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Feeding over mating

Flushing ewes for a bigger, earlier lamb crop

Naturally, a grazing animal which is underweight should be less inclined to get pregnant because it will only increase nutritional demands and could lead to more competition for limited feed. Vegetative lush autumn growth gives ewes a taste of the high-quality spring pasture they can expect about 5 months later when lambs are dropped and feed demands increase. Nature has equipped ewes with an ability to respond to nutrition which farmers should understand and exploit if they want to shorten the lambing season and increase the number of lambs.

Ewes of greater live weight (the static effect) and/or those offered higher levels of nutrition (gaining weight over a three to six week period, often called the flushing or dynamic effect) prior to breeding are more likely to be multiple-bearing (Smith 1991, Scaramuzzi et al 2006).

The relationship between ewe live weight and ovulation rate is curvilinear, with every additional gain in live weight resulting in smaller additional increase in ovulation rate before no further gains occur. Heavier ewes are also less likely to respond to flushing than lighter ewes. Ewes of greater body condition score have higher reproductive performance but above a body condition score of 3.5 there is little further gain.

Feeds that result in a positive change in live weight prior to the breeding period should increase reproductive performance. The level of protein and energy in the diet affects ovulation rate so farmers can use grains and/or concentrate pellets as a supplement feed source to improve reproductive performance (Smith et al., 1991; Downing et al., 1995; Nottle et al., 1997; Scaramuzzi et al., 2006; Vinoles et al., 2009). It is likely that lighter, poorer condition ewes are most likely to respond to supplement.

Some legumes can be phyto-oestogenic (e.g. red and sub-clover and Lucerne) resulting in depressed reproductive performance of ewes when grazed in pure swards (Waghorn et al., 2002).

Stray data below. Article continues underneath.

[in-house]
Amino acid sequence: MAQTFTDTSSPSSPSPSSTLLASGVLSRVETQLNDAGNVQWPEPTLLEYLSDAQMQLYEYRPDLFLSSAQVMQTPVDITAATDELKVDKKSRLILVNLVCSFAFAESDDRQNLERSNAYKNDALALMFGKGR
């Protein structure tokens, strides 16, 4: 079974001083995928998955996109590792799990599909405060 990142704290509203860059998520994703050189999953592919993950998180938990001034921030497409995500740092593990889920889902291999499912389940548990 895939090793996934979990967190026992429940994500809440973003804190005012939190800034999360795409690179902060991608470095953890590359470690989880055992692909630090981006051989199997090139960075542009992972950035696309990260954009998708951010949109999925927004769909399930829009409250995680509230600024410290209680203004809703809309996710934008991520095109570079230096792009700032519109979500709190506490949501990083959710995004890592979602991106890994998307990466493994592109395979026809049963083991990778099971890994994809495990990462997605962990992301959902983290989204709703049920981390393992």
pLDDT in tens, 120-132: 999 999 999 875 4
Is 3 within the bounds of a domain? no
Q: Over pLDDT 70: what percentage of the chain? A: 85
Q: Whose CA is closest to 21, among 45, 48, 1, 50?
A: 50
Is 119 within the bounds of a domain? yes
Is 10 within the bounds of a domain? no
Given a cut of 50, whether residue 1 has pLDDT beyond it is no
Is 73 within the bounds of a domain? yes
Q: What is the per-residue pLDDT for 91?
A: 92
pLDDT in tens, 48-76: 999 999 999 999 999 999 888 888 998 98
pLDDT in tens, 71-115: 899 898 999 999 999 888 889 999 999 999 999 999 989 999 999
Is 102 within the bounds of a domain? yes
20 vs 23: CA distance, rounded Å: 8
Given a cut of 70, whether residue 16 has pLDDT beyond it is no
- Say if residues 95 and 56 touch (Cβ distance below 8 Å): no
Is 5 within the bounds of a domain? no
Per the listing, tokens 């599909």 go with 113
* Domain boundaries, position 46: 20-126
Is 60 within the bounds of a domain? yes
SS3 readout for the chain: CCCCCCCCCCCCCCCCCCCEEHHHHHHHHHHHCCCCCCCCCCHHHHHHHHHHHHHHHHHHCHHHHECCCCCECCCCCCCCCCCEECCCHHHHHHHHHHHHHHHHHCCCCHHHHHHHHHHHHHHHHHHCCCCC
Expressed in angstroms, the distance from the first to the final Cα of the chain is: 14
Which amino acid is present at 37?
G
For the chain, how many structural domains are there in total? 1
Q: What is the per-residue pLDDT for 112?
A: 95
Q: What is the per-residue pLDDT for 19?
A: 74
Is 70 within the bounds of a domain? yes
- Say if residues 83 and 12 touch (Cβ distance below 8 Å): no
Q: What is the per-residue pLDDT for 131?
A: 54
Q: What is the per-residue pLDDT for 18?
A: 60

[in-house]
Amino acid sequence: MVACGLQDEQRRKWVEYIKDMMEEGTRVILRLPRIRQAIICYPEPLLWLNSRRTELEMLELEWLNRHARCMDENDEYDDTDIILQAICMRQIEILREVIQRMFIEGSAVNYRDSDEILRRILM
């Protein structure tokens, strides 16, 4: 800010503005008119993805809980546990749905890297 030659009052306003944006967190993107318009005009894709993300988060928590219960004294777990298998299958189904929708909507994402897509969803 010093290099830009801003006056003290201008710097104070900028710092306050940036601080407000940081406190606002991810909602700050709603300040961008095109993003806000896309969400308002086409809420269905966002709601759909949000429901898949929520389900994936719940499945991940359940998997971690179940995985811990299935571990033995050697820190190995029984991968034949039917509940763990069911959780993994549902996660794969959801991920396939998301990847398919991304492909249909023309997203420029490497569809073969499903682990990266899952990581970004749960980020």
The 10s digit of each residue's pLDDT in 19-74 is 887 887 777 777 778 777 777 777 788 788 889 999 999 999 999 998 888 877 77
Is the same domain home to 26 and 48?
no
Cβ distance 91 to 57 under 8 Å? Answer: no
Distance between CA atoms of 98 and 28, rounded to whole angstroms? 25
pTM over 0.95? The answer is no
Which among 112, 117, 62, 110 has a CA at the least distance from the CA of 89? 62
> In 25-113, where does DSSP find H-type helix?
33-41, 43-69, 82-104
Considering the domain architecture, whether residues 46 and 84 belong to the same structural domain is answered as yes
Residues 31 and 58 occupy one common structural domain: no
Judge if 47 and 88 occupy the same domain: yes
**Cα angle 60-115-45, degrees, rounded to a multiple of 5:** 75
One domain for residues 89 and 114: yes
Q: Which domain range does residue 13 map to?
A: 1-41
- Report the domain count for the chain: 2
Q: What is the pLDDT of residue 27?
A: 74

Check out https://nrm.co.nz/products/sheep/ to see NRM’s range of nuts designed to supplement ewes through mating.

References:

Downing J.A., Joss J., Connell P., Scaramuzzi R.J. 1995 Ovulation rate and the concentrations of gonadotrophic and metabolic

hormones in ewes fed lupin grain. Reprod. 103: 137.

Nottle, M.B., Kleemann, D.O., Seamark, R.F. 1997. Effect of previous under nutrition on the ovulation rate of Merino ewes

supplemented with Lupin grain. Anim. Reprod. Sci. 49: 29-36.

Scaramuzzi, R., Campbell, B., Downing, J., Kendall, N., Khalid, M., Munoz-Gutierrez, M., Somchit, A. 2006. A review of

the effects of supplementary nutrition in the ewe on the concentrations of reproductive and metabolic hormones and the

mechanisms that regulate folliculogenesis and ovulation rate. Reprod. Nutr. Dev. 46: 339-354.

Smith, J.F. 1991. A Review of recent developments on the effect of nutrition on ovulation rate (the flushing) effect with particular

reference to research at Ruakura. Proc. N.Z. Soc. Anim. Prod. 51: 15 – 23.

Vinoles, C., Meikle, A., Martin, G.B. 2009. Short-term Nutritional Treatments Grazing Legumes of Feeding Concentrates Increae

Prolificacy in Corridale Ewes. Animal Reproduction Science 113: 82-92.

Waghorn G.C., Adams, N.R., Woodfield, D.R. 2002. Deleterious substances in grazed pastures. IN: Sheep Nutrition. Eds: Freer,

M., Dove, H. CABI Publishing, Wallingford, UK. 333-357.